Sareneth's entry into the Summer Prose Competition 2010
The dirt path was dry and cracked. Finn could feel it through his sandals, compacted in the summer heat. He’d have taken his sandals off if his feet were stronger, but they were used to cooler weather and already weak with blisters. Riyuel was barefoot, of course. Her calluses, built on a childhood of clambering across rocks, were more than suited to the Ythian climate. Finn dreaded to think how hot it was where she came from.
The warmth here was uncomfortable enough for him. A small breeze came through the valleys, even on days like this, but it didn’t cool him any, just made his fringe fly into his face. He didn’t mind that so much. It tickled a little, and sometimes it stung his eyes, but mostly it was nice to feel something light brushing against his skin. Everything else felt so heavy.
He ran a few metres to catch up to his companion, quickly slowing back to a walk when he reached her. The path wasn’t wide enough for them to stand shoulder to shoulder, but Riyuel seemed to prefer tip-toeing across the grass anyway. Finn didn’t know why. The blades that had managed to poke through the open parts of his sandals had felt sharp and brittle. It wasn’t exactly the sort of thing he’d want to be treading in. Maybe she couldn’t feel it as much.
“You want to stay here long?” Riyuel glanced across at him.
“I don’t know yet.” Of course he wanted to – he wasn’t the sort to deny himself food, sleep or company, none of which were all that common outside of the sparse villages dotted around the region. But then, he rarely had the last word on whether or not they stayed long. He’d become better at quickly judging the levels of hostility, though, and maybe Riyuel thought he decided on a whim rather than careful assessment of the situation and tactical retreats.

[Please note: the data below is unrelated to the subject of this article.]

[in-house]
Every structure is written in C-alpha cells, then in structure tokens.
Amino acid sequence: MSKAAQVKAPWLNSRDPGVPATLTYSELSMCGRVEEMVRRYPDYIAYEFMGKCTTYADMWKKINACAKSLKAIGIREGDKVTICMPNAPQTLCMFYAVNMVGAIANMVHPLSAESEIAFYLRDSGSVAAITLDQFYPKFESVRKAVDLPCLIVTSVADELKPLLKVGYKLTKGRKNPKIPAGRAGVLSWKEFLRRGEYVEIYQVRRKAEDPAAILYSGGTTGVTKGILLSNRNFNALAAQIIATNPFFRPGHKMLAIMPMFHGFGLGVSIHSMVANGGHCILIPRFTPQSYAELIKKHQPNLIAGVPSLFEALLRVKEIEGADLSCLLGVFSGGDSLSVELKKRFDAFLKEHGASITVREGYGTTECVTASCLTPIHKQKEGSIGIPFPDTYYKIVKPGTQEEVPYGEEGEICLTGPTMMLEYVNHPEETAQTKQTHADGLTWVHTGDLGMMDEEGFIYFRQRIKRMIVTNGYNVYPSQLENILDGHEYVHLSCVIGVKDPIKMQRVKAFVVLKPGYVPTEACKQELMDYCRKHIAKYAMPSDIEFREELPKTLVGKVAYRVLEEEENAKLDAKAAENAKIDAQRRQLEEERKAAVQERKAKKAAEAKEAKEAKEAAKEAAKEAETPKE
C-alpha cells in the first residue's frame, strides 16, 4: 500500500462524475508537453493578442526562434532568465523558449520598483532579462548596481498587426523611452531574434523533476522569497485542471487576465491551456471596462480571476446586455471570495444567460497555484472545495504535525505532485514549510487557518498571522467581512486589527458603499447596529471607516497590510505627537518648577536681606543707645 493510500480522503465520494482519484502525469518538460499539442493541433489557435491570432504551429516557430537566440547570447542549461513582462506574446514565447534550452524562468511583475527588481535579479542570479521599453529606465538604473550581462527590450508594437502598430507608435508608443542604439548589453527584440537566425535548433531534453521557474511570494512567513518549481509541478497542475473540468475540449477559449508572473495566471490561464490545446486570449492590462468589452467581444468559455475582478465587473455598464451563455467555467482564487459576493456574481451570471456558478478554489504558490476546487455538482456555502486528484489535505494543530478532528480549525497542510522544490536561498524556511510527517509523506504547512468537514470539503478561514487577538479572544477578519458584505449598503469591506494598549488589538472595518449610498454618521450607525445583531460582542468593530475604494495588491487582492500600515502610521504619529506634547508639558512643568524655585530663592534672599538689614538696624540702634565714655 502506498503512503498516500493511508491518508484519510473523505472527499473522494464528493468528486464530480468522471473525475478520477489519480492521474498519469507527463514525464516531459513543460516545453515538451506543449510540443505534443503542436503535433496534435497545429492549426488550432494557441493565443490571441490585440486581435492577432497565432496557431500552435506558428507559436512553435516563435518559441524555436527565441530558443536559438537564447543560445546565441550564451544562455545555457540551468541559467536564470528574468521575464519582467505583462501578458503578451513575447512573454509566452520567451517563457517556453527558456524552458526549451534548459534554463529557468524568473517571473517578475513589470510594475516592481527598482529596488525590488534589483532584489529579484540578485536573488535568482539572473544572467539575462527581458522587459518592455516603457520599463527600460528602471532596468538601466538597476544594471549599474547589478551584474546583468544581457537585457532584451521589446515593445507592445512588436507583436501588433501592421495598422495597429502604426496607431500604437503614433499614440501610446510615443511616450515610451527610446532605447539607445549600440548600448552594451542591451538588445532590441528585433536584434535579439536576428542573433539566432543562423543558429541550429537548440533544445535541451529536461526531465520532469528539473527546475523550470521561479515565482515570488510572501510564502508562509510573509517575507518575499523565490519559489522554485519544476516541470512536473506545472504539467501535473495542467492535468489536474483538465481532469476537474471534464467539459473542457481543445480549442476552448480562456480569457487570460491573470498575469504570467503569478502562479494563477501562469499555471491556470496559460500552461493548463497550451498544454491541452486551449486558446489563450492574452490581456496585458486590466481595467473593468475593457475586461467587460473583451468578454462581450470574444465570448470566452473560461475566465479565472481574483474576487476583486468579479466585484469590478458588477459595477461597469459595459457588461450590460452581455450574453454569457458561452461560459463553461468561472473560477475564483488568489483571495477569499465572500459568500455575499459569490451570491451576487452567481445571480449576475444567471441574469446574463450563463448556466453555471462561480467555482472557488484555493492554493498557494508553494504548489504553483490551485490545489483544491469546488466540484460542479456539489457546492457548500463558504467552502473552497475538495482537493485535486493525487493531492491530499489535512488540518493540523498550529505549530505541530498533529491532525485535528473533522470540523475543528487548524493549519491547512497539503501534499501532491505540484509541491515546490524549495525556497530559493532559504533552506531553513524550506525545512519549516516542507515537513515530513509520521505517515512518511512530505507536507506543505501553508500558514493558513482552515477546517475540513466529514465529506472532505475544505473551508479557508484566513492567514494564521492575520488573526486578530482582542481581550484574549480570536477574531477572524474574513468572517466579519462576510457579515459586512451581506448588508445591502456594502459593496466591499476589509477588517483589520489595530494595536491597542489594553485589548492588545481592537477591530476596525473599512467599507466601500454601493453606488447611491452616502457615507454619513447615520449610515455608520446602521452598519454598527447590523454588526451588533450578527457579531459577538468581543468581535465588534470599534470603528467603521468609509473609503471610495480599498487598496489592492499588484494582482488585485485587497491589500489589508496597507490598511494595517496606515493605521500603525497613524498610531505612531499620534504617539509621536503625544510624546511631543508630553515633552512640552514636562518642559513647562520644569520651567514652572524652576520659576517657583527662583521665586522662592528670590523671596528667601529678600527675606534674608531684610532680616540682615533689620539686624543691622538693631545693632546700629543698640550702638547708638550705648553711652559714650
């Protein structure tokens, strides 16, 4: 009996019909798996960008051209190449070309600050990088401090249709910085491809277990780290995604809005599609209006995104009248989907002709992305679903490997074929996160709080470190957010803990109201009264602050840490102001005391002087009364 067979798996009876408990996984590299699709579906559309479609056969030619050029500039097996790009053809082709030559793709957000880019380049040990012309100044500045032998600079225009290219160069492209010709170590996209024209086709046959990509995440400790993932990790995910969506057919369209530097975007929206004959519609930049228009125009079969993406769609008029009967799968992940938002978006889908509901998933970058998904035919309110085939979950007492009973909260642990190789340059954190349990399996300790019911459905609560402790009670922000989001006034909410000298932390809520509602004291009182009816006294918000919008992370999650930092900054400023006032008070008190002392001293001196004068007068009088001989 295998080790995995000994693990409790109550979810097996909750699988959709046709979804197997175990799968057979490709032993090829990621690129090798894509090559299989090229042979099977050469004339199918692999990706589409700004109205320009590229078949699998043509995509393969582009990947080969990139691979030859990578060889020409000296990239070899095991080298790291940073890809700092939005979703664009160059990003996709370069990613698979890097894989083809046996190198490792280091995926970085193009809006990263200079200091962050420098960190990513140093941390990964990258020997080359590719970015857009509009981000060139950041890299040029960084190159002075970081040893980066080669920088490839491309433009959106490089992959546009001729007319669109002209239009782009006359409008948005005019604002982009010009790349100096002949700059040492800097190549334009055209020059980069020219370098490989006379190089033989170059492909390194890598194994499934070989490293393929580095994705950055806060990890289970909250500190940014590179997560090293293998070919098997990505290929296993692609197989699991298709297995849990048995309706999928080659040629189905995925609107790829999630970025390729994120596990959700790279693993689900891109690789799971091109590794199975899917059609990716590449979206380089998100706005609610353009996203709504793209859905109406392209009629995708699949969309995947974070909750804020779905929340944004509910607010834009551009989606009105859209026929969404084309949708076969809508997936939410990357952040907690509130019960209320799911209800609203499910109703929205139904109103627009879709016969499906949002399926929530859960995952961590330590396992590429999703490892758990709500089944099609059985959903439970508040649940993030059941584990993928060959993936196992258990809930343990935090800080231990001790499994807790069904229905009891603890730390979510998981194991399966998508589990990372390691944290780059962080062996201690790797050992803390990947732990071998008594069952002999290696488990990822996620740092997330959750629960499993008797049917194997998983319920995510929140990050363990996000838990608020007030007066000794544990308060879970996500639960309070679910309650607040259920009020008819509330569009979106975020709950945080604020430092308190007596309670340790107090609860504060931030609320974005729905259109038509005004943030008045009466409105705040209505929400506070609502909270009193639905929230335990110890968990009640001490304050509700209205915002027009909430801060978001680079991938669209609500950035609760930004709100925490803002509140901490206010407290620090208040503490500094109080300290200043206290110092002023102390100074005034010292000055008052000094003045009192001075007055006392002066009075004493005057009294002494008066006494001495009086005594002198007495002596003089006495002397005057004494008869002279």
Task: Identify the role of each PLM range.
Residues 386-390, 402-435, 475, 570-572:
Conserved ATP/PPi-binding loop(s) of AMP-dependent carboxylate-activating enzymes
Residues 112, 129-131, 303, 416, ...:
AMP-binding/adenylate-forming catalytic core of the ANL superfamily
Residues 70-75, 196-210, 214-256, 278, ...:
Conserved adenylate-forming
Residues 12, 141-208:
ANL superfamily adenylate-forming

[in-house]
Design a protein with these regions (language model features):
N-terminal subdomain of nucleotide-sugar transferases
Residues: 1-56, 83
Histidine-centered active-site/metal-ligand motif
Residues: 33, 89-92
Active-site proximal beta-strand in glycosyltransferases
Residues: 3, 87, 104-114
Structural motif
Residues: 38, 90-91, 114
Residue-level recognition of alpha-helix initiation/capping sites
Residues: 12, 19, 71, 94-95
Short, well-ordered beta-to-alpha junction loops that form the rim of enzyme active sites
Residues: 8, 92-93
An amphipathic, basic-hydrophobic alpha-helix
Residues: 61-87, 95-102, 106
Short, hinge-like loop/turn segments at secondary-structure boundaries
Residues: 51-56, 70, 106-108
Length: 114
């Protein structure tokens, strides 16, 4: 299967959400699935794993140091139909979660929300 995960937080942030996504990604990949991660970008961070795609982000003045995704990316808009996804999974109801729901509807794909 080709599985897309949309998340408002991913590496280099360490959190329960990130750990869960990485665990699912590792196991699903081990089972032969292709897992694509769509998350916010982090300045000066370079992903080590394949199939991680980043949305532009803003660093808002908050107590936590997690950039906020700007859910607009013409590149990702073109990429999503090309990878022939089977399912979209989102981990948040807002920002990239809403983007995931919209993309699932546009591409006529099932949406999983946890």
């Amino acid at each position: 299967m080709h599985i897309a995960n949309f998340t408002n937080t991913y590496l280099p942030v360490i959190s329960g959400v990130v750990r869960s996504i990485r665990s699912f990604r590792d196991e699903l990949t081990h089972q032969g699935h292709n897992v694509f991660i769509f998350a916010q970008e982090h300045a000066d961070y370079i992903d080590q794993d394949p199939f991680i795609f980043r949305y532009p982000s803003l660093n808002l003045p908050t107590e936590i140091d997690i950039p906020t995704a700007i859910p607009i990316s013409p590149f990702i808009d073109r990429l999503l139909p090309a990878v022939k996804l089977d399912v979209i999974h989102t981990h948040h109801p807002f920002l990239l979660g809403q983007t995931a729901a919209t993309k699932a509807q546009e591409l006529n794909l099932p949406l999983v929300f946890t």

Ythith should have been welcoming, or so the prince had promised him. But the prince didn’t rule here – he wasn’t sure who did – and it had been nearly ten years since he’d last set foot on Ythian soil. Finn himself had only ever seen paintings. The colours had been vastly overestimated – the sky was paler and the grass closer to yellow than either the greens he’d been promised or the reds he was used to, but maybe that was seasonal.
“Everything here is washed away,” said Riyuel, following his line of sight. “White and yellow aren’t colours for fields.”
“I suppose not.”
“They must have strange food here, growing in such strange colours.” Riyuel seemed to brighten up at the thought. She managed a skip in her step as she moved back onto the path behind Finn. Thistles, or similarly vicious plants, had sprouted up amongst the grasses. Finn hadn’t noticed them before, but now they were turning up in clumps. No wonder Riyuel had moved away.
“I expect so.” Finn glanced over his shoulder. It unnerved him, not being able to see where she was. “We’ll have to see when we get there.”
The village had been in view for some time, a smattering of houses sitting low on the hill ahead. He expected they were still quite a distance away, no matter how close they looked.
“You expect so? I thought you were born here.”
Finn kept on walking, though mentally he’d frozen. “Not near here. Further to the west.”
She must have picked up on the edge to his voice, because the conversation died after that. It was too hot to continue anyway. Finn could feel his mouth drying just thinking about how far they still had to go.
He dragged one foot in front of the other, wondering how in the world Riyuel managed to stay so energetic. It wasn’t only the heat, but the seeming endlessness of the journey, the village getting no closer. The little dirt path, trampled into the landscape by other travellers, rambled across the hillsides with no real direction or determination. No matter how many fields and grassy patches it dragged them through, there was never even a hint of shade. The only trees in sight marked the horizon, too far away for him to even make out their individual shapes.
His own silhouette was the only thing moving in his field of vision. Riyuel was too far behind for him to see hers, and he wasn’t able to make out anything stirring amongst the grasses. He could hear a steady chorus of insects, but none of them flew into the open. The air had started to wobble, and he wasn’t sure if it was just him getting light-headed or if the heat actually made the air waver like that. It would explain the lack of flying insects. And birds, for that matter, although they probably didn’t fly so far from their roosts anyway.
They probably shouldn’t have come so far from home themselves, Finn thought. They’d been assured it was only a day’s journey to the next village, but he hadn’t thought to question just how long a day that journey would take.
He began to wonder just how they’d ended up in the middle of nowhere, and how much farther ‘nowhere’ went on for.